Hot Market Trends
Neenah’s Classic® Textures, introduced in 2017, includes two finishes you’re likely already familiar with, Laid and Columns, and introduced Stipple, Techweave, and Woodgrain.
“Sometimes designers like a new color or texture, but don’t see how to implement it into their design work. That’s not the case with these new textures,” said Kim Shannon, Commercial Sales Manager with Neenah Paper Inc., “These new sheets have been very well received – and used!”
This may be, in part, due to the overwhelming trend by marketers to use texture in printed work. One of the ways that brand designers reach a variety of consumers’ senses is by alluring consumers with textures that enhance the effects of a printed piece.
Whether you’re selling print to a large firm with a complete marketing department, or a single owner, main-street shop, ask the pointed question: “What do you want your brand to feel like?” Supply samples and suggestions, then ask, “Does this feel like stability? Does this feel reliable?” and maybe even point out the hard questions, “Does this feel like a throwaway? Does this feel cheap?”
Remember you have only seconds to make an impression on the user. Even then, the more senses impacted, the longer the impression will last.
Some sheets have an obvious visual textural effect, providing the anticipation of texture even before our fingertips meet the sheet. For certain markets this high end sensory effect is especially appealing with their business card, letterhead, pocket folder, and also label printing
John Shanley, President of Labels West says that linen and felt are especially popular textured sheets, especially in a retail products that rely on shelf appeal. He specified that,
“The wine/spirts market as well as the specialty food and personal care markets are particularly good candidates for textured stocks.”
Jessica Peterson, Marketing Manager at AmeriCAL, INC. pointed out,
“The specialty gift markets like candles, candies, chocolates, gift box labeling, stationery packaging, health and beauty are inclined to make a tactile impression with labels. And when pursing these markets, don’t forget the impact you can make in the organic, natural, “homemade,” and nutraceutical markets by introducing textured stocks to heighten the impact of the design and message.”
This is true for presentation and packaging projects, as well. The Classic® Woodgrain, for example, relates an organic message before any image is even printed upon it. Shannon noted, “We’ve been doing a lot of work lately in retail packaging, particularly in cosmetics and electronics. Our new Woodgrain and Techweave are on opposite ends of the spectrum (from earthy and natural to high tech) but both have been really well received.”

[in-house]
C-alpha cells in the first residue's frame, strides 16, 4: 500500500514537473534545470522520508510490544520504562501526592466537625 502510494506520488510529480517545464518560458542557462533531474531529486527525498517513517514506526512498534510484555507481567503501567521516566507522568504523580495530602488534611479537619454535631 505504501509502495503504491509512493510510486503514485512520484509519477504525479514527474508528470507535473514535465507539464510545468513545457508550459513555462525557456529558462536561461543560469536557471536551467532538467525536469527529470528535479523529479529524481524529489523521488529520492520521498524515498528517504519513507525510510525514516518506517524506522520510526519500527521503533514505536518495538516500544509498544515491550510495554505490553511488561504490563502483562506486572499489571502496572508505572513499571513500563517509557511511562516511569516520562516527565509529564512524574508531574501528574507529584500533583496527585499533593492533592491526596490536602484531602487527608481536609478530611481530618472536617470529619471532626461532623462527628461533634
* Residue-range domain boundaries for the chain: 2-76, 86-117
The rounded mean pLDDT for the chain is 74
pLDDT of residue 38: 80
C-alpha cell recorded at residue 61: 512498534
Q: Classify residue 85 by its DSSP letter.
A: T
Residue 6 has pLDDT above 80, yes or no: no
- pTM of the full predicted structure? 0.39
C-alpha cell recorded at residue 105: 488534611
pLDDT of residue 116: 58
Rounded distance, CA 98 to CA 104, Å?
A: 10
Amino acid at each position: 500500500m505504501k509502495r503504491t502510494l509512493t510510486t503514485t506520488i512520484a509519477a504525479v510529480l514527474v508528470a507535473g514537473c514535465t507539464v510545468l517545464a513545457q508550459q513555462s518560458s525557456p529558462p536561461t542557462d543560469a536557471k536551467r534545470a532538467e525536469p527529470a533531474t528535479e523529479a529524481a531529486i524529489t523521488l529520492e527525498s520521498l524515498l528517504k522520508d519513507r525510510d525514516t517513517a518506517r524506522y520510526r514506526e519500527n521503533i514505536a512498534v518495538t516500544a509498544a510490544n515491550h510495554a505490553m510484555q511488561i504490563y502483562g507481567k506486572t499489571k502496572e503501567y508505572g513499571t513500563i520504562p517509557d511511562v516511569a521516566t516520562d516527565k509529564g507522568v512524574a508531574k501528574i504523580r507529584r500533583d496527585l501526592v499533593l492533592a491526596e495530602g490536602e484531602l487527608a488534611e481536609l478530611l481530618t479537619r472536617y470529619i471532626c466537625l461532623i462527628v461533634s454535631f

When it comes to textured sheets in pocket folders, the most popular uncoated textured sheets we shipped in 2017 were the 100# linen cover sheets. This is because the bulk of the sheet adds to the impact and durability of the folder; it’s a very classy choice. Another texture gaining a renewed popularity because of its unique look without a steep price tag, is the Mohawk Carnival Hopsack 90# cover. It’s a 30% recycled option that is both sturdy and interesting to touch, coming in a variety of colors that do well printed, foiled, or embossed. The vertical markets most inclined to either of these sheets have proven to be accountants, attorneys, and real estate.
I would be remiss to not acknowledge one more texture: smooth. Just as a distinct, embossed finish can enhance a brand image, so can the impact of smooth. It all comes down to what are you trying to say? If the image is sharp and clean, a bright white, smooth or even super smooth stock, leaves a specific impression when partnered with the right images.
Brand Identity is more than a logo, the stock options you share with your client should reflect the impact of their design. Just as white is more a reflection of light than an absence of color, so smooth should be considered not the absence of texture but another medium for creating an impactful message.
On that note, as you know the color of a stock dictates certain advantages and limitations for imprinting, so does the sheet’s texture. Peterson reminds distributors of the importance of creating then choosing the right artwork for the right stock. She notes, “Some textured stocks can “drain” or “drown” out vibrant colored artwork.”
When printing collateral material in your own shop, make sure the processes you’re using match color to the outsourced pieces, which will vary by technologies utilized. Heavy solids need to be reviewed on some textured sheets, whereas others, although heavily textured, will hold ink evenly. For example, we have had lovely laydown on both the Techweave and the Hopsack. However, a laid finish will almost always show cracking if attempting an image over a score-line. Another way to implement a variety of textures that appeal to the eye and the touch is by the process implemented on the piece, maybe a foil and/or emboss. Using one or multiple processes can have a strong impact on the message.
Also, when it comes to labels, it’s important to evaluate “The circumference of the object or surface that the label is going to be applied and how it is going to be applied. Some textured stocks can be a little more rigid and not want to stay applied to curved ore textured surfaces,” said Peterson, adding, “Allowing the material to do the talking can be very powerful for some of these products.”
Whether it’s a business card, a label, pocket folder, or packaging, be sure to do stock testing and/or talk to the wholesale provider about their experience with a stock. Most manufacturers are ready to provide samples and their expertise, and want to work with you to produce the best possible project.
Originally published in NPOA News and Updates Feb. 2018 (c) Mardra Sikora
Check it out! – Short video featuring Sam and Jamie and the headline folder!